Besides, God gave every man a law to direct him, when he made him a reasonable creature, and expects obedience in virtue of that law of nature. The gospel was given not to exclude, but to assist the exercise of reason: and therefore to require a law so exact and circumstantial, that there should be no room for the use or obedience of reason, is to preclude meu from those nobler instances of duty which flow from the right use of their minds, and which are the proper sacrifice offered by a rational soul to God. The uprightness of a man, and the integrity of his mind, are as discernible in his application of the rules of the gospel, as by any outward acts whatever. A man who reads in the gospel that he ought to love his neighbor as himself, and from his own sense and reason supplies the law with this noble comment, that all the sons of men are his neighbors, is as much a better Christian than the man who extends the law only to his townsmen or his countrymen, as his neighborhood is more universal.
Farther, a law descending to every particular case would be of no manner of service in correcting the evil complained of: it is the perverseness of the will, and not the weakness of the understanding, that teaches men the evasions of the law: were the law more explicit, they would only take more pains to get rid of its obligations; for the plainness of the law will do but little in correcting the malignity of the will, which yet is the only thing that stands in need of an improvement. The command of loving our neighbor is so far from wanting to be enlarged, that I believe there is no right good Christian who thinks any mortal excluded from the benefit of it as it now stands: to what purpose then should it be enlarged? Were it expressed in never so general terms, it might still be misunderstood or perverted by such as obstinately refuse to see. Suppose the law conceived in the fullest terms, and that it were said that every man in the world is to be esteemed our neighbor, and has a right to our love and assistance, and that it is our duty to do him good; and were this law, so expressed, to be made the standing rule of the courts of inquisition, what would the world be the better for it? For as long as they will maintain that the greatest good they can do their brother is, in order to reform his supposed errors in religion, to whip him and torment him, to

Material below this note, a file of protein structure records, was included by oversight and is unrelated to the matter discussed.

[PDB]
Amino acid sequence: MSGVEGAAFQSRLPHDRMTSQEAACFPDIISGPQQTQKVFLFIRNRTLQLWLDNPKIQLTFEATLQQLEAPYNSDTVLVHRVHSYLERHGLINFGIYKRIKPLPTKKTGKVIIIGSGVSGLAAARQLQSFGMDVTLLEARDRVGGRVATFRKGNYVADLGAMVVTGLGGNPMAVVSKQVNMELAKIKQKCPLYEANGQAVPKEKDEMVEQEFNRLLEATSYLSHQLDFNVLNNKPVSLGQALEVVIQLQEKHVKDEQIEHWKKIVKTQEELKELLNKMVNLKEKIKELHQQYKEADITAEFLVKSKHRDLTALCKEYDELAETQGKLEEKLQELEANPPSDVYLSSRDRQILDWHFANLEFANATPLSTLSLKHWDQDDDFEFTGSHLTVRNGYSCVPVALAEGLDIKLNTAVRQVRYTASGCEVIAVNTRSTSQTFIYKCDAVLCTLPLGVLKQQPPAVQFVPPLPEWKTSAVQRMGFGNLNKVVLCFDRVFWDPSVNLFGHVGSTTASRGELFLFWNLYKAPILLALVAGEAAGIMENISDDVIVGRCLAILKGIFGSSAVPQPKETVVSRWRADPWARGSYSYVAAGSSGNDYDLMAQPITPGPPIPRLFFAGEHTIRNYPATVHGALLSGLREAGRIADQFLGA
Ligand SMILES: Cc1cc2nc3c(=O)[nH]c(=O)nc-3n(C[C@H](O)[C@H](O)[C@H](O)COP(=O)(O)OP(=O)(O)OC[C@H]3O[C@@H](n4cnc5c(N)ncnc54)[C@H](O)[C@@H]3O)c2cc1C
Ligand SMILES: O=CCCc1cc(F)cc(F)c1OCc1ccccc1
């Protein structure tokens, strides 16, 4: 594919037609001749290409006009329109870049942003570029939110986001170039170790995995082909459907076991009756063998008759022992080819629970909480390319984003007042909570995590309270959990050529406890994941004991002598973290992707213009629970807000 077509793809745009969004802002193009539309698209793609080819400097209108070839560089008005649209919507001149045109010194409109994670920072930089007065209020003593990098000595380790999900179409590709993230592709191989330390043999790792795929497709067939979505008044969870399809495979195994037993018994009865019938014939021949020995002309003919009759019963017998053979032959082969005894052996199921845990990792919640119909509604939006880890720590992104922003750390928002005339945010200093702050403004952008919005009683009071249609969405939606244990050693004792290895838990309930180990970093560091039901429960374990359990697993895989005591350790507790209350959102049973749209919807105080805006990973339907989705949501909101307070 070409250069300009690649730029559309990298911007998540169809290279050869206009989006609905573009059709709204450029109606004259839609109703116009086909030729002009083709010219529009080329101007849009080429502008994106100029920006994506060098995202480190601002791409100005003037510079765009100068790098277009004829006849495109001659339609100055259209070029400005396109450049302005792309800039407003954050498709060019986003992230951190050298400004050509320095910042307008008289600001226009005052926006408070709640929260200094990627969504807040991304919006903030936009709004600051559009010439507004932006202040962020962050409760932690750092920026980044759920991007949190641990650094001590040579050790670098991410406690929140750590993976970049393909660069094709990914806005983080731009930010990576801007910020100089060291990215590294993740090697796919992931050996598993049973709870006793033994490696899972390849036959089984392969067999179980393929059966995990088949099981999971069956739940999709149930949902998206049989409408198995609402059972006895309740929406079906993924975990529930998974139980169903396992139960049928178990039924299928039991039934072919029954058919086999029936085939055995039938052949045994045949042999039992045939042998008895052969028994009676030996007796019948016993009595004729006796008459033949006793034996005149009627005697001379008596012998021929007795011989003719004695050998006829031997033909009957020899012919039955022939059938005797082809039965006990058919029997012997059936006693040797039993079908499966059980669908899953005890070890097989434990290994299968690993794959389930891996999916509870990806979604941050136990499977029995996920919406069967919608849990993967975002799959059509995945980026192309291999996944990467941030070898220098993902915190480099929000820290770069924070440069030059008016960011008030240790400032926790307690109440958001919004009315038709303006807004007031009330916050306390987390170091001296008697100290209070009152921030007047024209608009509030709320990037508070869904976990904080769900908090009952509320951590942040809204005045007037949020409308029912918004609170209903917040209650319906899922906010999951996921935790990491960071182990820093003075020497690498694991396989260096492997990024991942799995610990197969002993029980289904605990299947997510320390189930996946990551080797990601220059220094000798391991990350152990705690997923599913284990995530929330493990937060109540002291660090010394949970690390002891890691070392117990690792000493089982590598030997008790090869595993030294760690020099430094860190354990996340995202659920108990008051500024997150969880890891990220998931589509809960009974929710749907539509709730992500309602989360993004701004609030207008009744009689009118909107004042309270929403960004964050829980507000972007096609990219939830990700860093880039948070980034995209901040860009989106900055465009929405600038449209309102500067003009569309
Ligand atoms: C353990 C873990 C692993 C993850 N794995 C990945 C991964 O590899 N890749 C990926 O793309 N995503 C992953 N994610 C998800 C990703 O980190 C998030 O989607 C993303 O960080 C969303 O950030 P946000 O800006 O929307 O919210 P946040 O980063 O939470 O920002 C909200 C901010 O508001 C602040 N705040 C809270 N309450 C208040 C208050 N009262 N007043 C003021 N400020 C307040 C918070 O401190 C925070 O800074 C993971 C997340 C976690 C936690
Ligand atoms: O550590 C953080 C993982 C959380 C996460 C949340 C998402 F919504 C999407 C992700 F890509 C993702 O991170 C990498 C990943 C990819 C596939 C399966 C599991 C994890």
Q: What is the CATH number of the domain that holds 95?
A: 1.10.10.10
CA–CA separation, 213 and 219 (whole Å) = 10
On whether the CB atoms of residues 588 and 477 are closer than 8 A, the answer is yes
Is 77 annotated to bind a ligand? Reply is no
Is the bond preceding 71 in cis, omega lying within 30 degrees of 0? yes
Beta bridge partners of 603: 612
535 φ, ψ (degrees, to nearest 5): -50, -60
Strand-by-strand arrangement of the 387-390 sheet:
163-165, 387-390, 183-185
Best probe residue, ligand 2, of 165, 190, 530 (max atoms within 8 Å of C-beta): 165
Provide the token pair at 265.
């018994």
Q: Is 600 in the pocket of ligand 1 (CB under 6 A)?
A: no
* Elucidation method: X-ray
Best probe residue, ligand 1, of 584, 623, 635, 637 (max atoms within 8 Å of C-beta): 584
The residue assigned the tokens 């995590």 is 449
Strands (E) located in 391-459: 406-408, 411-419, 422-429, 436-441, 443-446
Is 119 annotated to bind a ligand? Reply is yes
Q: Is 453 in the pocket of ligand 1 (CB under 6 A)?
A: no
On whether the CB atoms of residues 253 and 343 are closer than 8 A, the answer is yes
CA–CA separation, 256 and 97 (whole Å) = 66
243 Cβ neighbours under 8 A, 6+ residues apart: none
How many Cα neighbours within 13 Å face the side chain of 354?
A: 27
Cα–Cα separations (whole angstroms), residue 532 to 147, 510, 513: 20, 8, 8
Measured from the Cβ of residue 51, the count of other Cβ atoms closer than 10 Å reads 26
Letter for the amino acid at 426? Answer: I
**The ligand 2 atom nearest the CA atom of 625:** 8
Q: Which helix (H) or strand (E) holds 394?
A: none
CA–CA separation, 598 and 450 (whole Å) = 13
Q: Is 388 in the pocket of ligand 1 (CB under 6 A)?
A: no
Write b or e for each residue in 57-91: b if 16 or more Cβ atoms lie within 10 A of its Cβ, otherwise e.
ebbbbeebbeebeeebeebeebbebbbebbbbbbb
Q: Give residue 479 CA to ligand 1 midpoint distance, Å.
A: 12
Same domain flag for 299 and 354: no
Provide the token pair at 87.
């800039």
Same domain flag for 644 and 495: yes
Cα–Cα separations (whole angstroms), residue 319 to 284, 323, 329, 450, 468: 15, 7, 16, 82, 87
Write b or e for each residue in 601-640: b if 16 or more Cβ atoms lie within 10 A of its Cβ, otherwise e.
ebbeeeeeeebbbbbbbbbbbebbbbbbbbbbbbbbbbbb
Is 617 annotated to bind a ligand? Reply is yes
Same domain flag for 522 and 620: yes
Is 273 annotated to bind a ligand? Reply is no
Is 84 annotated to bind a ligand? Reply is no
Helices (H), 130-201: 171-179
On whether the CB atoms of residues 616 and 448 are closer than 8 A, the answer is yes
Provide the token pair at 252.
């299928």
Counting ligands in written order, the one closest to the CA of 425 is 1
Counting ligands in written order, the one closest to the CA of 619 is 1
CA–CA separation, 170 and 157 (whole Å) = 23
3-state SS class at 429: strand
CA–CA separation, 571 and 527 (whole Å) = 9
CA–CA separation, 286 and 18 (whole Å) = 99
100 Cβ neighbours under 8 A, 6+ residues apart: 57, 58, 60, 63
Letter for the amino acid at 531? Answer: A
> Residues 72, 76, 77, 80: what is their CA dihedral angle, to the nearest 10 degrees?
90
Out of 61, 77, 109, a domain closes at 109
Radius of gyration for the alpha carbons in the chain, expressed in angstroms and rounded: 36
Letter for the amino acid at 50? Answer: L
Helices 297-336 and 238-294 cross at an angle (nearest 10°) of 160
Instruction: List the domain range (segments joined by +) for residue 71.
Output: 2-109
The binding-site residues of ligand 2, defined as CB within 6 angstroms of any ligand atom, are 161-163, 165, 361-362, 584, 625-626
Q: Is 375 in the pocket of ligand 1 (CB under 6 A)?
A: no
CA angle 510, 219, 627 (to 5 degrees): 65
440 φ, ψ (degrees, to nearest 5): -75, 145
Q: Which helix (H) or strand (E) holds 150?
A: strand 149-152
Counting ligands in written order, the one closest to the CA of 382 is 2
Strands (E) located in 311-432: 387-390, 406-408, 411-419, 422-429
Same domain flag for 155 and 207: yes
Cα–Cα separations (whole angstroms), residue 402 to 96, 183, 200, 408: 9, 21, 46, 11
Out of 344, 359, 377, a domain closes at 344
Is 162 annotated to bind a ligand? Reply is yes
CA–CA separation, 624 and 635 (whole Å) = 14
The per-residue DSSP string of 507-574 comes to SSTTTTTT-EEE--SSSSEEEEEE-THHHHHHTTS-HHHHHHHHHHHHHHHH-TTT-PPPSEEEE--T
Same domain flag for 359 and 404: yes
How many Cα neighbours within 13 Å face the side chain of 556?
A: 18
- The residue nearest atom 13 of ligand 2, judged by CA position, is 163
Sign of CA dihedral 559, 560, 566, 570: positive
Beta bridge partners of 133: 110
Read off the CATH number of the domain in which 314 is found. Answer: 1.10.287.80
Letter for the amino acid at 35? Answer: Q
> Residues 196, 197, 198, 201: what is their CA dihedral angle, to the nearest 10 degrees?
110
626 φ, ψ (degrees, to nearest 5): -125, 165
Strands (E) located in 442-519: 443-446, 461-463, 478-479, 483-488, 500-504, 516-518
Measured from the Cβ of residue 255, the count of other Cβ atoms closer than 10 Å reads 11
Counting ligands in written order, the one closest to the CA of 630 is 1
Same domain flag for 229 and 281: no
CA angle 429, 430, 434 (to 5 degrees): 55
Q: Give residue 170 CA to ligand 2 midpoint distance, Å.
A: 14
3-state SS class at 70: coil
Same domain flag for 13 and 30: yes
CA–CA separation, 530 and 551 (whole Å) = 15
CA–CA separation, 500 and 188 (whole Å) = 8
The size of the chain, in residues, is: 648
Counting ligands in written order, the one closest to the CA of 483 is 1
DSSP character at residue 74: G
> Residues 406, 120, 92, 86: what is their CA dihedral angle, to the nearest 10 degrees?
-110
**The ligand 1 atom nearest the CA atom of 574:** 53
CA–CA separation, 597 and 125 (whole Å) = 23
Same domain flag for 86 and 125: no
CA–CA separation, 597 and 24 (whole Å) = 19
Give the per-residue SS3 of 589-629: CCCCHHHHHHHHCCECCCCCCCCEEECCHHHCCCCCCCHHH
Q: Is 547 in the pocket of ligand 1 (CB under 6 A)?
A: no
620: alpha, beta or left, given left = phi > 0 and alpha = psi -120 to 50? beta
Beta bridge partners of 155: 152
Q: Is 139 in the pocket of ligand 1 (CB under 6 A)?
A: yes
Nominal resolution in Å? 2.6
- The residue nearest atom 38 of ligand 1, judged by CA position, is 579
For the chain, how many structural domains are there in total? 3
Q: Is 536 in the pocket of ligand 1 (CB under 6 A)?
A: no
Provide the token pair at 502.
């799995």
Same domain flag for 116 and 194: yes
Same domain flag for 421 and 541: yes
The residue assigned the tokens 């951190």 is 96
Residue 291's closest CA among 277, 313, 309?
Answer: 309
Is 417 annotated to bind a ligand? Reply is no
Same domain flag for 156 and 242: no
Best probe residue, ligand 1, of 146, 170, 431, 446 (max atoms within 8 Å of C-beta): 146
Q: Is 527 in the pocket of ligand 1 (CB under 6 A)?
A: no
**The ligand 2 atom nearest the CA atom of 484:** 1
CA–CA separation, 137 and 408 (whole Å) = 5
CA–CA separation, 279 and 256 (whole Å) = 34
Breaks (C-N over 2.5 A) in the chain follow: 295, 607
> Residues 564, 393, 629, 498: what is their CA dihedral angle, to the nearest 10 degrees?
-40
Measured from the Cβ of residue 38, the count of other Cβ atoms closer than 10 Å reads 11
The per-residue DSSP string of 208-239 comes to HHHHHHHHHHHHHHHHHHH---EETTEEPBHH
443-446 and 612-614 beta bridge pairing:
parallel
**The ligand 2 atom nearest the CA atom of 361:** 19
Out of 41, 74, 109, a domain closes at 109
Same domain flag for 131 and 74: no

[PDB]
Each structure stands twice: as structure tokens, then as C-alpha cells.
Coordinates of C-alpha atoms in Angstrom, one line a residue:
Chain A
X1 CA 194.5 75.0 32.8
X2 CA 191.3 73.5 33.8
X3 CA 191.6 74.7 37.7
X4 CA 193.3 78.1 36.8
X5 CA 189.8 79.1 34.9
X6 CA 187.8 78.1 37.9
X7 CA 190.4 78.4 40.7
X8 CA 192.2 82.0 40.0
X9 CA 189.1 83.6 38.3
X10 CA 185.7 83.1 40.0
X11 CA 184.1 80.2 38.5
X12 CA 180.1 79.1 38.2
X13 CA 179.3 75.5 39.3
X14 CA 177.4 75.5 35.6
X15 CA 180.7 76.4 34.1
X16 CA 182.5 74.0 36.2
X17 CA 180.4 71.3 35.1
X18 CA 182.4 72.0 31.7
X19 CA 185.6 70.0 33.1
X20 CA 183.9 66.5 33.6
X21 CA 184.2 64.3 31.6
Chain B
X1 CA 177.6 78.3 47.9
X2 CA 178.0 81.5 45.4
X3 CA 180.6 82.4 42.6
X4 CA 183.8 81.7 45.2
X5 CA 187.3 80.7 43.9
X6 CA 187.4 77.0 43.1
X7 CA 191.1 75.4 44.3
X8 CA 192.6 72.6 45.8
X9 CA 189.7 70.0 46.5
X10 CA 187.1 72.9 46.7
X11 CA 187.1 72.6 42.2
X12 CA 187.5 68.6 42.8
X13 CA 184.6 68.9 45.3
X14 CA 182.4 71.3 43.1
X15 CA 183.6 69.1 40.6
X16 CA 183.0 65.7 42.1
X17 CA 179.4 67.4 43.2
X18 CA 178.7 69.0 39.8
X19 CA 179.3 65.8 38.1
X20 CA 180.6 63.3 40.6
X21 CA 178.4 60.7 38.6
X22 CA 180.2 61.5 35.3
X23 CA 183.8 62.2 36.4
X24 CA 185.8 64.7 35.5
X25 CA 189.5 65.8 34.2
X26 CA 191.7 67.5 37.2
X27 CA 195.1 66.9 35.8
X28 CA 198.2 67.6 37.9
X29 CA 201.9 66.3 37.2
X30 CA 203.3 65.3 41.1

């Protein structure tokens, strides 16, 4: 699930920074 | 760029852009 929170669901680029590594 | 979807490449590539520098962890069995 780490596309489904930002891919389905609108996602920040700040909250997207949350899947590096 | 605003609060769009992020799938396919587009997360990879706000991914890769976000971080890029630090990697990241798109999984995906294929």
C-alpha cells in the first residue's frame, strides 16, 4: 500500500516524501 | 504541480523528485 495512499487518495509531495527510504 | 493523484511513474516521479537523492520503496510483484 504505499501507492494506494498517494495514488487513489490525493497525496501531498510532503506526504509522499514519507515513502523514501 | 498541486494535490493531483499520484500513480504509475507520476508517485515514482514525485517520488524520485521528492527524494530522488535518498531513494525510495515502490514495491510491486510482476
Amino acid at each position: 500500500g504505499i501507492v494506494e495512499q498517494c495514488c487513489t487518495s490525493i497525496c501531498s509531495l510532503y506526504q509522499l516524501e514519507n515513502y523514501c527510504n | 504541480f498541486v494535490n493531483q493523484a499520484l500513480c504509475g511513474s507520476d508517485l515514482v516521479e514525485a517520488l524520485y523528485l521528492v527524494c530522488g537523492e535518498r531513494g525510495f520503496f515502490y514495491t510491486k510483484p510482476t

sequester his goods and estate, or to deliver him over to the fire, the more universal their rule is, the worse it must fare with all the world and whilst they have such notions of doing good, the only thing to be wished for is, that they might think it their duty to hate all mankind.
Since therefore it is impracticable to give rules and directions for all possible cases, and to adjust the general laws of virtue and obedience to the great variety of circumstances incident to human life, without destroying the end of all laws, which are intended for directions and rules; but were they to take in all particular cases, would soon grow too voluminous to be service, able; there being no life long enough, no industry sufficient for such a study, and no memory strong enough to retain such a body of institutes: since reason and judgment would be of no farther use in virtue and obedience, were men in all cases limited by particular clauses and provisions; because it would be great presumption for men to exercise their reason and their judgment in order to govern and direct themselves, were the law of God so express and particular in all cases, as to exclude farther inquiry; by which means the noblest instance of virtue, which is shown in the free choice that reason makes of what is good and amiable, guided by the general directions of God's law, would be oftentimes lost and impracticable: since likewise the end proposed to be served by such numerous and particular laws would not be obtained; but men would still find room to cavil at their duty, and be able to furnish pretences to evade it, as is evident from this plain reason, that it is not want of knowlege but of will to obey, which makes men wrest and torture the law of God: had they therefore more light from the most express directions, yet still their disinclination to virtue would be the same, and produce the same ill effects; and, consequently, were the laws of the gospel ever so much enlarged, the same difficulties would remain, as long as the same perverseness of will continues among men: from these considerations, I say, it does appear that the gospel is not to be charged with the doubts and disputes which often arise on the laws and precepts delivered in it, the gospel having all the perfection requisite in a law designed for the government and instruction of rational creatures; but we must look out elsewhere to find the cause